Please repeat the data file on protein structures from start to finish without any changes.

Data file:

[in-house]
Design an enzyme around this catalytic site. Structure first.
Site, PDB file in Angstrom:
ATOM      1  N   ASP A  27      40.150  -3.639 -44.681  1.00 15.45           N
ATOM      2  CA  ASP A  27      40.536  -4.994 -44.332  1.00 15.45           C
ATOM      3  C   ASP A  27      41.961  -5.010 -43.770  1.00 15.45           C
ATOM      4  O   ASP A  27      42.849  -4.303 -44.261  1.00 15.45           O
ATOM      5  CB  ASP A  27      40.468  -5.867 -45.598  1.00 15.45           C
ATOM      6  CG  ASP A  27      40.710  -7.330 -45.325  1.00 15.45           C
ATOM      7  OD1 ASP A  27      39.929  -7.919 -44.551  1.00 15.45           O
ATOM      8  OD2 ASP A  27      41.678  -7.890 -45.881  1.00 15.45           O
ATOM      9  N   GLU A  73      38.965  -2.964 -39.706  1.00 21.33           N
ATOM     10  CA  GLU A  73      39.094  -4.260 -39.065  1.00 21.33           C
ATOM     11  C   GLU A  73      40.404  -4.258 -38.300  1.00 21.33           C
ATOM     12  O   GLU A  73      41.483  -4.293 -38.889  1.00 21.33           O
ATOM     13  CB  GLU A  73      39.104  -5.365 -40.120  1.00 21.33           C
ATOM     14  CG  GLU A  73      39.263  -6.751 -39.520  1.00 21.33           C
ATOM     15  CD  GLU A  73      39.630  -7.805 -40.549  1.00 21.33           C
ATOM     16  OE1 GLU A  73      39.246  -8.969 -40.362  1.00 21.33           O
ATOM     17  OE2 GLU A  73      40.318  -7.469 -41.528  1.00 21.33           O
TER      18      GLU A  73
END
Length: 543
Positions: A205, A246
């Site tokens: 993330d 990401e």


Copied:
[in-house]
Design an enzyme around this catalytic site. Structure first.
Site, PDB file in Angstrom:
ATOM      1  N   ASP A  27      40.150  -3.639 -44.681  1.00 15.45           N
ATOM      2  CA  ASP A  27      40.536  -4.994 -44.332  1.00 15.45           C
ATOM      3  C   ASP A  27      41.961  -5.010 -43.770  1.00 15.45           C
ATOM      4  O   ASP A  27      42.849  -4.303 -44.261  1.00 15.45           O
ATOM      5  CB  ASP A  27      40.468  -5.867 -45.598  1.00 15.45           C
ATOM      6  CG  ASP A  27      40.710  -7.330 -45.325  1.00 15.45           C
ATOM      7  OD1 ASP A  27      39.929  -7.919 -44.551  1.00 15.45           O
ATOM      8  OD2 ASP A  27      41.678  -7.890 -45.881  1.00 15.45           O
ATOM      9  N   GLU A  73      38.965  -2.964 -39.706  1.00 21.33           N
ATOM     10  CA  GLU A  73      39.094  -4.260 -39.065  1.00 21.33           C
ATOM     11  C   GLU A  73      40.404  -4.258 -38.300  1.00 21.33           C
ATOM     12  O   GLU A  73      41.483  -4.293 -38.889  1.00 21.33           O
ATOM     13  CB  GLU A  73      39.104  -5.365 -40.120  1.00 21.33           C
ATOM     14  CG  GLU A  73      39.263  -6.751 -39.520  1.00 21.33           C
ATOM     15  CD  GLU A  73      39.630  -7.805 -40.549  1.00 21.33           C
ATOM     16  OE1 GLU A  73      39.246  -8.969 -40.362  1.00 21.33           O
ATOM     17  OE2 GLU A  73      40.318  -7.469 -41.528  1.00 21.33           O
TER      18      GLU A  73
END
Length: 543
Positions: A205, A246
């Site tokens: 993330d 990401e």